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26 May 2016
Ministry of Shipping

“There was no pressure and in reality no plan,” says Tim Jones of his career choices, which have taken him to the chief executive’s role at one of the largest shipbrokers, Barry Rogliano Salles (BRS).

“It was meeting ‘friends of friends’ and most specifically Basil Papachristidis, who introduced me to so many shipping figures,” says Tim, who majored in philosophy and religion but did not follow the path of his grandfather by entering the ministry. “My father was not pleased to see me entering theology school,” he admits.

Brother Rod of CSL Group describes his sibling as “incredibly outgoing”, joking that Tim “knows a little but pretends he knows a lot, and figures a way to build relationships”.

To have been a broker like Tim, “you really need that ability to bang on doors, get shot down and try 50 things before you get one”, Rod adds. “You have to be an indominatable spirit, and that kind of thing doesn’t appeal to me.”

Anyone who knows Tim will be familiar with his unorthodox appearance — a beard and no short-back-and-sides haircut. More than one person TW+ spoke to summed him up as “flamboyant”.

Educated at St Andrew’s School in Nassau, he went to prep school at Western Reserve Academy in Hudson, Ohio, described as one of the premier day and boarding schools in the US. After that, he studied at Williams College, a private liberal arts college in Williamstown, Massachusetts.

Rod says Tim was something of a “rebel” in his younger days who even seriously considered entering the church. “Unbelievable,” jokes Rod.

But after meeting various top shipping figures, Tim realised that “spending years in research and not being able to contribute in any significant way” was not what he wanted. Instead of a more academic career after studying philosophy and religion, he chose shipping, leveraging eventually into BRS.

He had already worked as a deckhand and steward on Great Lakes freighters in the summers of 1973-75, before spending a gap year in 1976. It took him travelling by ship across the Atlantic and Pacific, around Europe by train or hitchhiking, Afghanistan, Pakistan and India, to Singapore, through Asia to Japan on cheap tickets and then a slurry carrier to New Zealand, before heading home via Hawaii and California.

That gap year he met Harald Meyer of Krupp Seeschiffahrt, who suggested a training ship in Hamburg, Germany, once he had finished his studies.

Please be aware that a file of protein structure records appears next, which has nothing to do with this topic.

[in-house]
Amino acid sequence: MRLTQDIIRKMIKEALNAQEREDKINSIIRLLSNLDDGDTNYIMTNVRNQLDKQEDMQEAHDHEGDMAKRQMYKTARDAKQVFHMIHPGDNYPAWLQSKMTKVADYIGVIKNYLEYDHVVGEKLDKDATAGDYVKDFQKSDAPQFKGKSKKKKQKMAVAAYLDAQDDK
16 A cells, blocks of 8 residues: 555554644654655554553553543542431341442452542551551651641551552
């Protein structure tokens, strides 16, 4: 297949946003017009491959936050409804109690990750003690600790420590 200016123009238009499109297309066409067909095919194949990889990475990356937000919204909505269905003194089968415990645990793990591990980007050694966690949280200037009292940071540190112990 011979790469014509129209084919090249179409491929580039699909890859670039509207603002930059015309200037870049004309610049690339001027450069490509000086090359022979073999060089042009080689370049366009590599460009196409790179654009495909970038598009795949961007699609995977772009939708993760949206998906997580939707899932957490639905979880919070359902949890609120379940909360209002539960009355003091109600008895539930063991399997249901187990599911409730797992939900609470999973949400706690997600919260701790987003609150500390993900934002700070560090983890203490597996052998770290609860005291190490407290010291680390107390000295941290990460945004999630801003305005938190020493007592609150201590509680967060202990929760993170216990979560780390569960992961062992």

“I took him up and started with Hasso Hoffman and Ulrich Bindseil 40 years ago,” recalls Tim. “We are still very close and, since Richard Neu has taken over, continue to work closely with them on Chinese ore trades.”

He has been with BRS for 36 years. It now has 20 offices in 18 countries following a period of rapid growth globally, much of it during his tenure as chief executive.

“We have all done our own thing after starting and getting our feet on the ground,” he says of the three Jones siblings all holding senior positions in shipping.

Younger brother Andrew is the exception. “He was an artist early on and as the last son had his own way. He tried a lot of things before finding his career in music, melding his love for Bahamas’ folk music and rock.” Andrew has a group, but according to Rod it is a bit like the Eagles, in that they might play together just once a year.

Tim’s son Alexander works in Singapore for Oldendorff, with which the BRS boss is said to have a close relationship going back many years. Brother Rod’s CSL International started a self-unloaders pool in 1993 with Oldendorff that has lasted more than 20 years and operates the largest such fleet in the world.

But Tim’s relationship is described as totally independent of that venture, although Rod says Oldendorff is typical of what his brother likes: innovative and creative companies.

Tim's wife, Stella Vajsova Jones, migrated to France in 1968 when the Soviet tanks rolled into Czechoslovakia to end the Prague Spring. She led the design studio of Paris fashion house Jean-Louis Scherrer. When it was sold, she set up an interior design company, returning to her passion of art. She has had shows, including in Paris.

“Stella speaks nine languages and luckily travels with me most of the time,” her husband says. “It is tough on our personal life when I am away 150-plus days a year, and it is wonderful to have a partner to do interesting things with when travelling now.

"Shipping is definitely the best industry to be in if you are a man of the world. Everything influences our business, and the interaction with the trades, cultures and people makes it like none other. It is awfully personal, with everyone knowing everyone, or at least someone who knows someone.

“Networks are a huge advantage and I am sure this influenced all our kids getting into shipping. By no means was there any pressure, and the proof is that everyone in the clan loves their job and the company they work for.

“I did not, however, encourage my son to join BRS, as that would have been complicated internally and I have a strong feeling that the broking of tomorrow will not be the broking of my watch.”

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Source: Tradewinds

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